Massimiliano Morini

Jane Austen's Irony: Lost in the Italian Versions of Pride and Prejudice?

  • Abstract

Informations and abstract

Keywords: Jane Austen; Translation; Linguistic Irony.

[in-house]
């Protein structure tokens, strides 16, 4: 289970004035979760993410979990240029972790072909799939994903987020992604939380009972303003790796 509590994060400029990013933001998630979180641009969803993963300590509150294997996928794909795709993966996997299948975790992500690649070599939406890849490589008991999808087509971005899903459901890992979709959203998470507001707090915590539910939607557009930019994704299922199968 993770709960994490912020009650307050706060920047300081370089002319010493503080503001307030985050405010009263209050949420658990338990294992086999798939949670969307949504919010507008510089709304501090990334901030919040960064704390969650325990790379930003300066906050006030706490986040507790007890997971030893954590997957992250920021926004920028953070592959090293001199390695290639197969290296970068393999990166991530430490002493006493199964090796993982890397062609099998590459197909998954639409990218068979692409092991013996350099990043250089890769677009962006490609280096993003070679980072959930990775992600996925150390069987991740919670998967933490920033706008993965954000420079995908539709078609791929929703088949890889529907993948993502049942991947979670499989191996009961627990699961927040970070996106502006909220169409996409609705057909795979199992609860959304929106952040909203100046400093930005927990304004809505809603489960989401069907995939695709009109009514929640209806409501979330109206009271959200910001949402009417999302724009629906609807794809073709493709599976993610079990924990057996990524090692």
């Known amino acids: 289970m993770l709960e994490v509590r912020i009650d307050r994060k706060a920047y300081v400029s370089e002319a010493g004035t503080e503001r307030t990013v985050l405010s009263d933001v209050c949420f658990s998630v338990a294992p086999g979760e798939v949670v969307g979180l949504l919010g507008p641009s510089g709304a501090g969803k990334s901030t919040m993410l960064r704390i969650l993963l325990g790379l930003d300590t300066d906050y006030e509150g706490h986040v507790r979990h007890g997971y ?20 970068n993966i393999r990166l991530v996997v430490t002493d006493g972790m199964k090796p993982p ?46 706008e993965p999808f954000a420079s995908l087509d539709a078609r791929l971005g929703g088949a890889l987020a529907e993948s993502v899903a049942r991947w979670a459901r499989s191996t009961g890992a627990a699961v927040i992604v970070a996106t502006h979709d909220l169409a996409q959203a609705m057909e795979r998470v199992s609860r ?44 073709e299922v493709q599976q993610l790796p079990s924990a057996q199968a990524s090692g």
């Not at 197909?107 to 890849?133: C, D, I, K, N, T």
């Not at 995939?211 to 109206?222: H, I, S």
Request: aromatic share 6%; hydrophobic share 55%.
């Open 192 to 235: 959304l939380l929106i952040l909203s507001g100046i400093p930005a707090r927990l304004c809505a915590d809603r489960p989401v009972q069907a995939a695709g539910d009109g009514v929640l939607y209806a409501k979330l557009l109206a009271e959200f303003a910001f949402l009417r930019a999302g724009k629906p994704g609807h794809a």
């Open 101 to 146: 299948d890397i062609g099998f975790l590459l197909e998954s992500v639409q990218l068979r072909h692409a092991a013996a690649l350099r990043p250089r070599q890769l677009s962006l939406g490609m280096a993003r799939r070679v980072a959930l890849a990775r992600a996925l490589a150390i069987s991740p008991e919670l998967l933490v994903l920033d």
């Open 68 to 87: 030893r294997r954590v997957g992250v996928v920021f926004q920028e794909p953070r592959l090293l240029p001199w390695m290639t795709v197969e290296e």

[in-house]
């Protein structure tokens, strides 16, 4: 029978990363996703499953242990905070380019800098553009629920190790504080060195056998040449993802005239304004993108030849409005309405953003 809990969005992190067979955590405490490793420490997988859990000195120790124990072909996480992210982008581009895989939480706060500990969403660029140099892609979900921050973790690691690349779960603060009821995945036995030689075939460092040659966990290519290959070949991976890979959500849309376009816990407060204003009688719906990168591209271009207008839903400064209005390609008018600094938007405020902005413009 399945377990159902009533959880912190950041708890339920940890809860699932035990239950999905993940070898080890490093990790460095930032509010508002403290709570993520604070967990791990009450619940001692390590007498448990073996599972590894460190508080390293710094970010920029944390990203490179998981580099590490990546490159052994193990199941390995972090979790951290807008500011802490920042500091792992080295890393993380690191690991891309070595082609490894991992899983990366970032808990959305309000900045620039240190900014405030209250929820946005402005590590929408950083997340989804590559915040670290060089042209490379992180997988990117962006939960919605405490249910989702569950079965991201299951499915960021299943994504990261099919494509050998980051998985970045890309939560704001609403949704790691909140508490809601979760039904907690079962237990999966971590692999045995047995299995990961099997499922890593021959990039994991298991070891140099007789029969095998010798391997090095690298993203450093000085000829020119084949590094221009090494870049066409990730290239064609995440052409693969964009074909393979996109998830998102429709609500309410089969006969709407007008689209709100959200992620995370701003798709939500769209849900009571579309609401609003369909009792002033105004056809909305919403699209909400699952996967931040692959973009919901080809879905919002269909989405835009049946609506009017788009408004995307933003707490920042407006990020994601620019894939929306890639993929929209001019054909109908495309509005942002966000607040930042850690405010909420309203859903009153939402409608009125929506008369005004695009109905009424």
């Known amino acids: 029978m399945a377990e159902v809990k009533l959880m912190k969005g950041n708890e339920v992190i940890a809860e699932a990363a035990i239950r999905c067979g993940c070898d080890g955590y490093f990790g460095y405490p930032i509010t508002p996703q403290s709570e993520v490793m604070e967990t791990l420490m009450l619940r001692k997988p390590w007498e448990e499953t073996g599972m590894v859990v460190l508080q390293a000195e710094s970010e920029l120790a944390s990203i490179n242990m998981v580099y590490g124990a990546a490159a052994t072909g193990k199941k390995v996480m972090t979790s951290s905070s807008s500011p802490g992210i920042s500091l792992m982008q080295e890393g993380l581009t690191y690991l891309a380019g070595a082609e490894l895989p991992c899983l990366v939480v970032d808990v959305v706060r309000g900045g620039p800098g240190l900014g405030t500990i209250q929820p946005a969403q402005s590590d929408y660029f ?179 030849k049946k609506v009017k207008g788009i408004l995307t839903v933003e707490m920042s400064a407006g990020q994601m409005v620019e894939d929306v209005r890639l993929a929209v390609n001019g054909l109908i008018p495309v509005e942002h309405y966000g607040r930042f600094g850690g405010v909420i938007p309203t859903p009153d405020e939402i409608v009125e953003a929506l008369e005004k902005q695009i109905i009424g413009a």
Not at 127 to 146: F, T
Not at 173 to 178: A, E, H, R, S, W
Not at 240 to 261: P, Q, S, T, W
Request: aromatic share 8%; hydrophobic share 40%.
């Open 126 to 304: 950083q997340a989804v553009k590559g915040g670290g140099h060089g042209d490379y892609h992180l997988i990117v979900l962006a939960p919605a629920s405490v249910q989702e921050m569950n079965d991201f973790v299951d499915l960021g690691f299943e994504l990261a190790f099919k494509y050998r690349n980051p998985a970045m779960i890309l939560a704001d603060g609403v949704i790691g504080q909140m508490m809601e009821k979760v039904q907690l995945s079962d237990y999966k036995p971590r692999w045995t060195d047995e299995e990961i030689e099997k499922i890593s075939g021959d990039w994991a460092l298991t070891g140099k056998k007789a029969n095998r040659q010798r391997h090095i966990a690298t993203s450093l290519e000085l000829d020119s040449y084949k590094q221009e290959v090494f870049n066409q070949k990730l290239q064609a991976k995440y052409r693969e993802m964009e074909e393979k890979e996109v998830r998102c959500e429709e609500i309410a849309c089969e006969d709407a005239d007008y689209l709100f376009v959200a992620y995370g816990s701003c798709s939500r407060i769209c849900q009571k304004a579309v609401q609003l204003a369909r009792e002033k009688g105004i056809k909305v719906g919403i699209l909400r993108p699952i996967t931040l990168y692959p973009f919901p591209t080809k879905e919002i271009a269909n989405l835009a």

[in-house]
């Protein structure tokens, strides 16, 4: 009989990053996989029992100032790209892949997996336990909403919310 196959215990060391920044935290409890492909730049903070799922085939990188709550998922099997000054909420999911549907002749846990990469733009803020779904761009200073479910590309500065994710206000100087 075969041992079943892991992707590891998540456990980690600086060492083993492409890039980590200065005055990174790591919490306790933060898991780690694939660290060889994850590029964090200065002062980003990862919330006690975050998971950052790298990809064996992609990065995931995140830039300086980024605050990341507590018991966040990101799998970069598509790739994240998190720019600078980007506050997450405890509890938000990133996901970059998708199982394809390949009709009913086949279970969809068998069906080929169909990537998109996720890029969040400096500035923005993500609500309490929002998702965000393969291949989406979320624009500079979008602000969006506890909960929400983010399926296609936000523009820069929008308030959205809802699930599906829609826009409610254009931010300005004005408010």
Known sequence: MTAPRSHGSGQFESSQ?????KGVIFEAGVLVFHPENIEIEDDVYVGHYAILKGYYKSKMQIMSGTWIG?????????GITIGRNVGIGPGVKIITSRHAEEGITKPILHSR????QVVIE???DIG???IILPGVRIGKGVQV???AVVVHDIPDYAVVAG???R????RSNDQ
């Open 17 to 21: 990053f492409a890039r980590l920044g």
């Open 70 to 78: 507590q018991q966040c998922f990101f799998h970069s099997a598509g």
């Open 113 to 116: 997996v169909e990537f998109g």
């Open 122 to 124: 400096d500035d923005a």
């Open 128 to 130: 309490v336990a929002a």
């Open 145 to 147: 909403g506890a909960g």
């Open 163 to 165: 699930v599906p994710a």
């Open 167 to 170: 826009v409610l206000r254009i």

Ask a reader in Britain or the US why one should read Jane Austen, and the answer will unfailingly contain at least a passing reference to irony; ask a non-specialised Italian reader, and that most elusive of rhetorical figures will probably make room for other, more reassuring qualities. Jane Austen's novels, the Italian answer will run, are fascinating, highly polished, formally perfect representations of a fascinating, highly polished, formally perfect world: one goes to them in order to immerse oneself in the manners of a faraway age and place. While irony and the representation of manners are not mutually exclusive - in fact, the ironic depiction of manners can be said to be one of Austen's great strengths - this difference in emphasis reflects deep-seated notions of literature and language in the English-speaking world on the one hand, and Italy on the other. For most English-speaking readers, the primary aim of fiction is to entertain, even though different levels of aesthetic and linguistic complexity are allowed for within this general framework. In the Italian cultural system, by contrast, great novels are thought of primarily as repositories of useful information and timeless moral values, with fun being frowned upon as a mark of popular (i.e., lowbrow) culture. English canonical novels are therefore translated and adapted in accordance to the taste of a general readership that tends to equate seriousness with a moralising attitude, and elegance with a high register. In this article, Morini looks at some Italian translations and refractions of Austen's most popular and most light-hearted novel, "Pride and Prejudice". By focusing on source passages that are arguably imbued with linguistic irony, the author demonstrates that most target versions tend to mute or erase all traces of non-literal meaning, thereby effectively aligning the novel with the "conservative" readings of Austen's art.

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